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General discussion about what's out for the couch.

The Criterion Collection, Boutique Labels & Film Classics
Topic by: Eoliano
Posted: January 5, 2006 - 1:47 PM PST
Last Reply: January 29, 2007 - 3:50 PM PST

page  1  2  3  4  5  6  7  8  9  10  >>      prev | next
author topic: The Criterion Collection, Boutique Labels & Film Classics
post #141  on April 6, 2006 - 1:36 PM PDT  
The Masters of Cinema Series - April - May Releases:

MoC #27
(Satyajit Ray, 1962)

India | 1.33:1 OAR | 150 minutes | Date of release: May 2006

Abhijan (The Expedition) was Satyajit Ray's most popular film in Bengal: a "conscious" effort to communicate with a wider audience. The project was originally conceived by his friends and Ray stepped in when they panicked at the prospect of directing. Ray's mastery turned a starkly conventional plot into a subtly nuanced story which topped the Bengali box office for months.

Set on the Bihar-Bengal border, where Marwari businessmen - a powerful Hindi-dialect community of entrepreneurs much disliked throughout India - and Rajputs of warrior caste (from Rajasthan) have both settled. The central character of Narsingh (Soumitra Chatterjee), is a disillusioned, frequently drunken Rajput reduced in status to an ill-educated taxi driver. Proud and hot-tempered, with a passion for his 1930s Chrysler, Narsingh is offered work transporting tins of ghee for Sukhanram, a shady merchant, and finds himself drawn against his better judgement into trafficking opium. Having failed in everything honest, he has to decide whether or not he will engage in criminal activity to make money.

Starring Waheeda Rehman - one of the greatest stars of 'Bollywood' cinema - as Gulabi, a prostitute; Rabi Ghosh as Rama, Narsingh's right-hand man; and Ruma Guha Thakurata as Neeli, Abhijan was honoured with the National Award of India in 1962. The Masters of Cinema Series is proud to present Abhijan for the first time on DVD in the West, restored by the Academy of Motion Picture Arts and Sciences' Academy Film Archive.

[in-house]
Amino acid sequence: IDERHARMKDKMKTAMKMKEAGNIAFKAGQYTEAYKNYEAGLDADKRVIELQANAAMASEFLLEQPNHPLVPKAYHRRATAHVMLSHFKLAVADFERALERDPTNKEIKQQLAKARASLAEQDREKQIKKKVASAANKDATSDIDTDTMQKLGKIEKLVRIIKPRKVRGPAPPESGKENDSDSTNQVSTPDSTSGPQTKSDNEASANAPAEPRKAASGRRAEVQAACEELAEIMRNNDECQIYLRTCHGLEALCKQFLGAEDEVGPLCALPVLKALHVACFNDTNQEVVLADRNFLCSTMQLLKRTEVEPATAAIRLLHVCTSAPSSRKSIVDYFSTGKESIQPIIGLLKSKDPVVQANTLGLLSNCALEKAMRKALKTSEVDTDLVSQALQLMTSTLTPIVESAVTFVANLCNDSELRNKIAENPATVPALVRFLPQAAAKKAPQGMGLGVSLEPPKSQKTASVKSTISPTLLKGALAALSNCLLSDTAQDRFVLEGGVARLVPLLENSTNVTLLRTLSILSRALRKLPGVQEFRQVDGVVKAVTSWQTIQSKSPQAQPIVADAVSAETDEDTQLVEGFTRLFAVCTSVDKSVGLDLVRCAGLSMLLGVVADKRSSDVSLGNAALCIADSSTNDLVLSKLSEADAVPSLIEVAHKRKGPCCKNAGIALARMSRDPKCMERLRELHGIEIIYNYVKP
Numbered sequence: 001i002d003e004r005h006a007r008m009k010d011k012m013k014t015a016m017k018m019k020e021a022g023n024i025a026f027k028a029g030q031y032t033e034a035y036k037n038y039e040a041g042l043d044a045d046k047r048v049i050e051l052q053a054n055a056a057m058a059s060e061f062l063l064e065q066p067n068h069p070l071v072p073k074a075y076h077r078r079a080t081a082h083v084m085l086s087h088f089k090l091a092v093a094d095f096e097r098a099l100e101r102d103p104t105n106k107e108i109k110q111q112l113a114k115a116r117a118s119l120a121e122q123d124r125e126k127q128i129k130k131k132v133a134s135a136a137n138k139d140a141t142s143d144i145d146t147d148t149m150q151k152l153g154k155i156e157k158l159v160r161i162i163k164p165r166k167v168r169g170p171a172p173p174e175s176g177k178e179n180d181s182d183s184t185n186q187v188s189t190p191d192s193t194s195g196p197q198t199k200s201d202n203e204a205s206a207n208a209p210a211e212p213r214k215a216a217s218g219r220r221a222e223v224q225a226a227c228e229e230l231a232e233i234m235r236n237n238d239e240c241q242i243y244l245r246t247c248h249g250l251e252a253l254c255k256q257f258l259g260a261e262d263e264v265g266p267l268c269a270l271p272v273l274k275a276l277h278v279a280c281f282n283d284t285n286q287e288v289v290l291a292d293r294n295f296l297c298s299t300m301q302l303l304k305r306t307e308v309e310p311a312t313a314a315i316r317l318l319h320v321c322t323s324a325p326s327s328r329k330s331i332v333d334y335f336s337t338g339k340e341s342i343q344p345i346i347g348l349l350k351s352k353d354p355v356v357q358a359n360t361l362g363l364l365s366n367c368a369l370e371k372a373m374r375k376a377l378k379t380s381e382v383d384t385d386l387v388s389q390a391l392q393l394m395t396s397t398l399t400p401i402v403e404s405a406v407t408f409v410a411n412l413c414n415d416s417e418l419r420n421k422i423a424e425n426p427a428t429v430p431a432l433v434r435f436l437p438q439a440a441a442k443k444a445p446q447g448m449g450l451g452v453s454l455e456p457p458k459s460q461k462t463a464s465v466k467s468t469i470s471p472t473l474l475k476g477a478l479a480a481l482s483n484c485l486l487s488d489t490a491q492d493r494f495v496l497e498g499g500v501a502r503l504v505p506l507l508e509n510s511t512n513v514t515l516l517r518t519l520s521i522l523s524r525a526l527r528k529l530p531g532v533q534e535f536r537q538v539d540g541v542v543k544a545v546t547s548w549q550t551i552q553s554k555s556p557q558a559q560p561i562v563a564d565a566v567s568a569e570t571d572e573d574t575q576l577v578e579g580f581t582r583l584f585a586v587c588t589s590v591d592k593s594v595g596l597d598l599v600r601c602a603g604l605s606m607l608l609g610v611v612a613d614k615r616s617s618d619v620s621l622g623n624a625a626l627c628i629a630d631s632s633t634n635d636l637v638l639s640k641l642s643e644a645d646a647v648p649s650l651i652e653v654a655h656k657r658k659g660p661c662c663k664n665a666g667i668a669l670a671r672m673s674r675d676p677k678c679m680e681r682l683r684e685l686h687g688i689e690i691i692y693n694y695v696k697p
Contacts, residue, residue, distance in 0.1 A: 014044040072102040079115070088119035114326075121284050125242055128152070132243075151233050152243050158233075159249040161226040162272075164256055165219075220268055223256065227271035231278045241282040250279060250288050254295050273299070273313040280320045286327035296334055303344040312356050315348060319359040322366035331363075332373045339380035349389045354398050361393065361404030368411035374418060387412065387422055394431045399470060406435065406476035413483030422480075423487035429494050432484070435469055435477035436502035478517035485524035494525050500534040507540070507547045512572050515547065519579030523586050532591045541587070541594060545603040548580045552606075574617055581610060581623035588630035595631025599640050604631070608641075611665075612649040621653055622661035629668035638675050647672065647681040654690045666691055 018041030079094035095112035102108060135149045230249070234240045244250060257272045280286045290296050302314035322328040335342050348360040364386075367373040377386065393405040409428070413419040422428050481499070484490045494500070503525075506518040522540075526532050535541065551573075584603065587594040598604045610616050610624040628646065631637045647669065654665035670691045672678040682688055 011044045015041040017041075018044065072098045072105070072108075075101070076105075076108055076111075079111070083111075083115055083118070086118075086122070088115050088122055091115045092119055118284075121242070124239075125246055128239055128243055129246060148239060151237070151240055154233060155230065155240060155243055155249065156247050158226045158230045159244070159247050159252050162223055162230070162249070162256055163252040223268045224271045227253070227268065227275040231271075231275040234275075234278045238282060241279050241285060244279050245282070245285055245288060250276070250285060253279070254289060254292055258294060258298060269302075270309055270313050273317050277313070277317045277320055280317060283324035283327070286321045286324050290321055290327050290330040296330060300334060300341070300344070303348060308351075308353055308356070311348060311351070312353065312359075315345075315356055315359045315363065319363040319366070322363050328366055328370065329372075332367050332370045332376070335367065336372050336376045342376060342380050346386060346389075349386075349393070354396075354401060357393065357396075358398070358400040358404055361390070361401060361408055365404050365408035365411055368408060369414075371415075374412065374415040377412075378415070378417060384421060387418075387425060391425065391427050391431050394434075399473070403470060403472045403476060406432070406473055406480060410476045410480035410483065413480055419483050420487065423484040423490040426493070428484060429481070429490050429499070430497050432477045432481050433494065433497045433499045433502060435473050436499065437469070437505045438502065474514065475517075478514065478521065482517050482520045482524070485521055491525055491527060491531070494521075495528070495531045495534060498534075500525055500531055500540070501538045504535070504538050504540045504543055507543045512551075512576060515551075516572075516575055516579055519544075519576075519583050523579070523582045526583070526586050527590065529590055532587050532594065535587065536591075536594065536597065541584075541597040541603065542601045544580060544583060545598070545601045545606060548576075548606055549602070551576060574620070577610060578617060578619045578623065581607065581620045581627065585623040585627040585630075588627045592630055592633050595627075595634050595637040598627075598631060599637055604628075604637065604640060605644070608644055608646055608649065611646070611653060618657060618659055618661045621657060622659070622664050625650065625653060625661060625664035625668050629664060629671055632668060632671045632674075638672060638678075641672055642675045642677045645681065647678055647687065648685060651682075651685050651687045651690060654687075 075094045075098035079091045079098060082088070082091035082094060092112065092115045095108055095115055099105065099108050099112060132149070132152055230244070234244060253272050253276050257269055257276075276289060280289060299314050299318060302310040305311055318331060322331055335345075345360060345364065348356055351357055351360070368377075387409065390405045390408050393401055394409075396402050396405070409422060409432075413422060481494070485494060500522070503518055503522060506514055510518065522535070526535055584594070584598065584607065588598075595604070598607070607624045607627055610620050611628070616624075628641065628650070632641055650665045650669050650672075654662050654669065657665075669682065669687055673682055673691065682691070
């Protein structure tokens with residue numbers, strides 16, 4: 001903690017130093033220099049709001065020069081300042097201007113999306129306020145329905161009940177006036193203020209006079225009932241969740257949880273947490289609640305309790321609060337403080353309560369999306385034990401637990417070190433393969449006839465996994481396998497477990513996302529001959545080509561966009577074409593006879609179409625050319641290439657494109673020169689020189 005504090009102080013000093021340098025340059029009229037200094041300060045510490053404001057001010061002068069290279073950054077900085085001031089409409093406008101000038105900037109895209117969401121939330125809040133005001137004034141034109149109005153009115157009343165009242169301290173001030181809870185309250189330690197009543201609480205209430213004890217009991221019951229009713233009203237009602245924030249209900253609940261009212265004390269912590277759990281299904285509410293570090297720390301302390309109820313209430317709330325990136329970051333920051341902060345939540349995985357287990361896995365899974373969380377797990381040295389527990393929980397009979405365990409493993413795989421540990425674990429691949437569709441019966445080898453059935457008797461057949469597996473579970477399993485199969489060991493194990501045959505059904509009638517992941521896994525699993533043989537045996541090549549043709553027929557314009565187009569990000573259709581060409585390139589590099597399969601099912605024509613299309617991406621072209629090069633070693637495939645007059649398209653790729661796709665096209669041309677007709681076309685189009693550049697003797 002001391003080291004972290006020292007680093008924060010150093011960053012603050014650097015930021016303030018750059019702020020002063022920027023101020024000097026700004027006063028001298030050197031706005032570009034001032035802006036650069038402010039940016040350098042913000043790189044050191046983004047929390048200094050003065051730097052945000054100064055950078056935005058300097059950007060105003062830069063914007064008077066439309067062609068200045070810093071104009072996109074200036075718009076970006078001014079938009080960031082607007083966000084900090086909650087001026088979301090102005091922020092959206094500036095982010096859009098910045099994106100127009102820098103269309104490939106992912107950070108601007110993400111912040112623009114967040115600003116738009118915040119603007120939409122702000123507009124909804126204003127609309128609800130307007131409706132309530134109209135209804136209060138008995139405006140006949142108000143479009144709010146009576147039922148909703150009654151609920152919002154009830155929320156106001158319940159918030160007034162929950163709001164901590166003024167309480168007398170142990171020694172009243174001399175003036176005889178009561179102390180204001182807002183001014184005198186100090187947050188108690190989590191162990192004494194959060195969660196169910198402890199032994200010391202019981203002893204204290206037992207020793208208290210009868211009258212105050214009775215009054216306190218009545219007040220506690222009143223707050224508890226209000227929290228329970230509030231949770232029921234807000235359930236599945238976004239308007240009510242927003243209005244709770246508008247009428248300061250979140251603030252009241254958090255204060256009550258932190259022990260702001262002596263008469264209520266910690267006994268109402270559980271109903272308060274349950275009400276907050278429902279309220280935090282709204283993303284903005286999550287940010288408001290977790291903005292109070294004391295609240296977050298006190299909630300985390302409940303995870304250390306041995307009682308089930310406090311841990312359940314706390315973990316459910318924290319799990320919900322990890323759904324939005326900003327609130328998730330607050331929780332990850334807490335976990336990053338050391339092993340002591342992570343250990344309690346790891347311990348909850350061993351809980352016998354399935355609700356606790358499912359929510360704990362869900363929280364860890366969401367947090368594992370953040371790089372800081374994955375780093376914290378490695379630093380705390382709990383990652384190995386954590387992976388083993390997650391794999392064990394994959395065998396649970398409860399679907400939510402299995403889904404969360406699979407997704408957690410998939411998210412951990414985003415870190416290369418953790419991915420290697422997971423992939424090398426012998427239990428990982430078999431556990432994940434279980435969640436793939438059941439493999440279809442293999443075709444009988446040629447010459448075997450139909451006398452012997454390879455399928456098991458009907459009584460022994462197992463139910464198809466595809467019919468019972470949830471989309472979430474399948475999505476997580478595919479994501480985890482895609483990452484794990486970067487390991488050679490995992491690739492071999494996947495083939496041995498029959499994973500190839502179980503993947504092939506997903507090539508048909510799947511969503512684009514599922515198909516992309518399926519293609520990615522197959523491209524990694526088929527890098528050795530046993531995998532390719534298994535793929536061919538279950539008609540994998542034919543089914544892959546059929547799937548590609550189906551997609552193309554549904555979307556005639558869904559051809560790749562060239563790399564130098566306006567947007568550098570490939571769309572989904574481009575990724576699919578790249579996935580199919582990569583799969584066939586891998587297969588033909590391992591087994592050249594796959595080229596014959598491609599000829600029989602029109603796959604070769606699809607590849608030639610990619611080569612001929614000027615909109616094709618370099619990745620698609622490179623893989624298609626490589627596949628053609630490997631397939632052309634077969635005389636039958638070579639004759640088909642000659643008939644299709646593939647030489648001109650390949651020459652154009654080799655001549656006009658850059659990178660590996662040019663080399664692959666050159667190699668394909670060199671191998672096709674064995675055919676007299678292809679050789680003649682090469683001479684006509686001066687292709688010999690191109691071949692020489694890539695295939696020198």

New progressive transfer from the Academy of Motion Picture Arts and Sciences' Academy Film Archive restoration
Video interview with Professor Dilip Basu, director of the Ray FASC (20 mins)
Promotional material gallery
New and improved optional English subtitles
36-page full colour booklet with reprints of Ray's original production sketches; writing by Marie Seton, Waheeda Rehman, and Joseph Lindner

MoC #28
(Jean Renoir, 1934)

France | 1.33:1 OAR | 81 minutes | Date of release: Apr 2006

Financed by Marcel Pagnol's production company, Jean Renoir's Toni is a landmark in French filmmaking. Based on a police dossier concerning a provincial crime of passion, it was lensed by Claude Renoir on location (unusually for the time) in the small town of Les Martigues where the actual events occurred. The use of directly-recorded sound, authentic patois, lack of make-up, a large ensemble cast of local citizens in supporting roles, and Renoir's steadfast desire to avoid melodrama lead to Toni often being labeled "the first 'neorealist' film." Renoir himself disagreed. Although Toni is acknowledged as a masterly forerunner of neo-realist preoccupations and techniques he wrote: "I do not think that is quite correct. The Italian films are magnificent dramatic productions, whereas in Toni I was at pains to avoid the dramatic."

Toni's story centres on an Italian immigrant, Antonio Canova (Charles Blavette), a labourer at a local quarry who has become entangled in relationships with his landlady (Jenny Helia) and with the young, hot-blooded Spaniard, Josefa (Celia Montalvan). As Josefa's life disintegrates through rape and a necessitous marriage to the brutish foreman Albert (Max Dalban), Toni is caught up in a series of marriages gone sour and the psychological fragility of those he cares for.